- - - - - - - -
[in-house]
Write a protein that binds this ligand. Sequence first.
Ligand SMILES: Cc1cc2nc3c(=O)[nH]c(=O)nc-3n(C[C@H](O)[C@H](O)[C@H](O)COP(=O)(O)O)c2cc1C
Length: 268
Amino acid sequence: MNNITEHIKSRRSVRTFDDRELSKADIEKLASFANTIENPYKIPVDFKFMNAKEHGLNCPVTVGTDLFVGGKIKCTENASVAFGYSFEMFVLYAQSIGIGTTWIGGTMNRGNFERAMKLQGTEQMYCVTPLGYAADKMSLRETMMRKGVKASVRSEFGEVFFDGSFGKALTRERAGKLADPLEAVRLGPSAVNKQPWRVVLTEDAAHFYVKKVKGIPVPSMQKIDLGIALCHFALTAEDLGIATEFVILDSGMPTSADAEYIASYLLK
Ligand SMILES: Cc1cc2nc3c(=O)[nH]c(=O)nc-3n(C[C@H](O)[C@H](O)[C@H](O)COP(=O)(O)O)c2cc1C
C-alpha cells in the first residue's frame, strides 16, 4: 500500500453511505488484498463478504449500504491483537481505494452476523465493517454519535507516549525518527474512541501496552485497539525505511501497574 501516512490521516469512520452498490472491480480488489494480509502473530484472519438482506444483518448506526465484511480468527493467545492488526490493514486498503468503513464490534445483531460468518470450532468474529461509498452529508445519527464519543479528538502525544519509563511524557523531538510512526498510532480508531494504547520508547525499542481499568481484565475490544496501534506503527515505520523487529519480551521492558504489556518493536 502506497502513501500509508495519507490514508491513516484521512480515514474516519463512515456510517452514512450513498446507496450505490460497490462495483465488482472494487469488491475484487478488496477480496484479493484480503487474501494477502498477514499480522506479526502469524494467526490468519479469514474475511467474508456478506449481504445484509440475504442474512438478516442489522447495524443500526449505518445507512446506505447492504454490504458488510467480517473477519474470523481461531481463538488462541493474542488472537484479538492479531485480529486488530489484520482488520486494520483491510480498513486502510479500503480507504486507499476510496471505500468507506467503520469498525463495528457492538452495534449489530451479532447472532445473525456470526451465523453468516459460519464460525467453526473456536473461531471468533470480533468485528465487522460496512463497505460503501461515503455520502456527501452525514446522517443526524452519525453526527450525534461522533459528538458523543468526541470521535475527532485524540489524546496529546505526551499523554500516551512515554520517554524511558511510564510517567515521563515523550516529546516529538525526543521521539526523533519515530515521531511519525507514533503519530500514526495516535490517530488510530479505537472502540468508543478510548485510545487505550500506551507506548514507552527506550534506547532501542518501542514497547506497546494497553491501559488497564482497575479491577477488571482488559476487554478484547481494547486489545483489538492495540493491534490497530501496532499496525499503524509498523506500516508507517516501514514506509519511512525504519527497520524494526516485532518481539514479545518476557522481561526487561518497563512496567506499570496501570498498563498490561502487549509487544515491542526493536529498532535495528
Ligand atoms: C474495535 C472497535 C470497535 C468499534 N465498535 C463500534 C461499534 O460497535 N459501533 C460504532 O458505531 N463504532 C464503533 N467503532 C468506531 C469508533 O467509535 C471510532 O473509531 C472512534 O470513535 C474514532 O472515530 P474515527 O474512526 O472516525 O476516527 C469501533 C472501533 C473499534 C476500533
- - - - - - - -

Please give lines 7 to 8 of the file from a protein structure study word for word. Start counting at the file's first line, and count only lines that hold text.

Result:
C-alpha cells in the first residue's frame, strides 16, 4: 500500500453511505488484498463478504449500504491483537481505494452476523465493517454519535507516549525518527474512541501496552485497539525505511501497574 501516512490521516469512520452498490472491480480488489494480509502473530484472519438482506444483518448506526465484511480468527493467545492488526490493514486498503468503513464490534445483531460468518470450532468474529461509498452529508445519527464519543479528538502525544519509563511524557523531538510512526498510532480508531494504547520508547525499542481499568481484565475490544496501534506503527515505520523487529519480551521492558504489556518493536 502506497502513501500509508495519507490514508491513516484521512480515514474516519463512515456510517452514512450513498446507496450505490460497490462495483465488482472494487469488491475484487478488496477480496484479493484480503487474501494477502498477514499480522506479526502469524494467526490468519479469514474475511467474508456478506449481504445484509440475504442474512438478516442489522447495524443500526449505518445507512446506505447492504454490504458488510467480517473477519474470523481461531481463538488462541493474542488472537484479538492479531485480529486488530489484520482488520486494520483491510480498513486502510479500503480507504486507499476510496471505500468507506467503520469498525463495528457492538452495534449489530451479532447472532445473525456470526451465523453468516459460519464460525467453526473456536473461531471468533470480533468485528465487522460496512463497505460503501461515503455520502456527501452525514446522517443526524452519525453526527450525534461522533459528538458523543468526541470521535475527532485524540489524546496529546505526551499523554500516551512515554520517554524511558511510564510517567515521563515523550516529546516529538525526543521521539526523533519515530515521531511519525507514533503519530500514526495516535490517530488510530479505537472502540468508543478510548485510545487505550500506551507506548514507552527506550534506547532501542518501542514497547506497546494497553491501559488497564482497575479491577477488571482488559476487554478484547481494547486489545483489538492495540493491534490497530501496532499496525499503524509498523506500516508507517516501514514506509519511512525504519527497520524494526516485532518481539514479545518476557522481561526487561518497563512496567506499570496501570498498563498490561502487549509487544515491542526493536529498532535495528
Ligand atoms: C474495535 C472497535 C470497535 C468499534 N465498535 C463500534 C461499534 O460497535 N459501533 C460504532 O458505531 N463504532 C464503533 N467503532 C468506531 C469508533 O467509535 C471510532 O473509531 C472512534 O470513535 C474514532 O472515530 P474515527 O474512526 O472516525 O476516527 C469501533 C472501533 C473499534 C476500533